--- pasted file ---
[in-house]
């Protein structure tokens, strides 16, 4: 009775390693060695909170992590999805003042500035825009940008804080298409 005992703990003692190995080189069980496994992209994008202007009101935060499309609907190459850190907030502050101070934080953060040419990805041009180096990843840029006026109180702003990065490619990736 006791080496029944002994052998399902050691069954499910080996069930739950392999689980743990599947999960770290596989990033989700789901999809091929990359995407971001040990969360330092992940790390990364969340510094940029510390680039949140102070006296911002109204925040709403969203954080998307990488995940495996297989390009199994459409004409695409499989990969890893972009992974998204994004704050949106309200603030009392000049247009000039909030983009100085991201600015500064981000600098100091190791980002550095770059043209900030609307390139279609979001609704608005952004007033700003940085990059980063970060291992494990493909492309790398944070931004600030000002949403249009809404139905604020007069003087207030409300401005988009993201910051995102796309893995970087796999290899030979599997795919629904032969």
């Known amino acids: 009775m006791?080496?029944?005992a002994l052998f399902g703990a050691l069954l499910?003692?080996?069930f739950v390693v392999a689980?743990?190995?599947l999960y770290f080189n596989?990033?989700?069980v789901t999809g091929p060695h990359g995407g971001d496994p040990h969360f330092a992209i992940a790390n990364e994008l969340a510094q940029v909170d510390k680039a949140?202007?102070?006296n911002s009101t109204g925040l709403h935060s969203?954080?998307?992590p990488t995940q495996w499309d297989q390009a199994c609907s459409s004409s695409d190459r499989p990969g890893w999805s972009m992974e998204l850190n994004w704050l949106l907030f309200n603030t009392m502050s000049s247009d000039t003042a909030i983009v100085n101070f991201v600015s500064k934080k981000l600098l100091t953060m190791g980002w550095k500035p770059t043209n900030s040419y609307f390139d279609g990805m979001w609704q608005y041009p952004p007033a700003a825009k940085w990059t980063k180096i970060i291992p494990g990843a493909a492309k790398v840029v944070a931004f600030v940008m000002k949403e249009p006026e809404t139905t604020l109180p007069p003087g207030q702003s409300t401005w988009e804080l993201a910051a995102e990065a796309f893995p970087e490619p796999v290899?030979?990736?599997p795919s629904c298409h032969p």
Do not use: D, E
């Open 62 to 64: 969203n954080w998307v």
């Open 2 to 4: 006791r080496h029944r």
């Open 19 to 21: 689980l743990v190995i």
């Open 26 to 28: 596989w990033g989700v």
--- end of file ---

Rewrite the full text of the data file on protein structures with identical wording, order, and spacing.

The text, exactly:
[in-house]
């Protein structure tokens, strides 16, 4: 009775390693060695909170992590999805003042500035825009940008804080298409 005992703990003692190995080189069980496994992209994008202007009101935060499309609907190459850190907030502050101070934080953060040419990805041009180096990843840029006026109180702003990065490619990736 006791080496029944002994052998399902050691069954499910080996069930739950392999689980743990599947999960770290596989990033989700789901999809091929990359995407971001040990969360330092992940790390990364969340510094940029510390680039949140102070006296911002109204925040709403969203954080998307990488995940495996297989390009199994459409004409695409499989990969890893972009992974998204994004704050949106309200603030009392000049247009000039909030983009100085991201600015500064981000600098100091190791980002550095770059043209900030609307390139279609979001609704608005952004007033700003940085990059980063970060291992494990493909492309790398944070931004600030000002949403249009809404139905604020007069003087207030409300401005988009993201910051995102796309893995970087796999290899030979599997795919629904032969």
């Known amino acids: 009775m006791?080496?029944?005992a002994l052998f399902g703990a050691l069954l499910?003692?080996?069930f739950v390693v392999a689980?743990?190995?599947l999960y770290f080189n596989?990033?989700?069980v789901t999809g091929p060695h990359g995407g971001d496994p040990h969360f330092a992209i992940a790390n990364e994008l969340a510094q940029v909170d510390k680039a949140?202007?102070?006296n911002s009101t109204g925040l709403h935060s969203?954080?998307?992590p990488t995940q495996w499309d297989q390009a199994c609907s459409s004409s695409d190459r499989p990969g890893w999805s972009m992974e998204l850190n994004w704050l949106l907030f309200n603030t009392m502050s000049s247009d000039t003042a909030i983009v100085n101070f991201v600015s500064k934080k981000l600098l100091t953060m190791g980002w550095k500035p770059t043209n900030s040419y609307f390139d279609g990805m979001w609704q608005y041009p952004p007033a700003a825009k940085w990059t980063k180096i970060i291992p494990g990843a493909a492309k790398v840029v944070a931004f600030v940008m000002k949403e249009p006026e809404t139905t604020l109180p007069p003087g207030q702003s409300t401005w988009e804080l993201a910051a995102e990065a796309f893995p970087e490619p796999v290899?030979?990736?599997p795919s629904c298409h032969p």
Do not use: D, E
């Open 62 to 64: 969203n954080w998307v």
């Open 2 to 4: 006791r080496h029944r």
């Open 19 to 21: 689980l743990v190995i």
């Open 26 to 28: 596989w990033g989700v």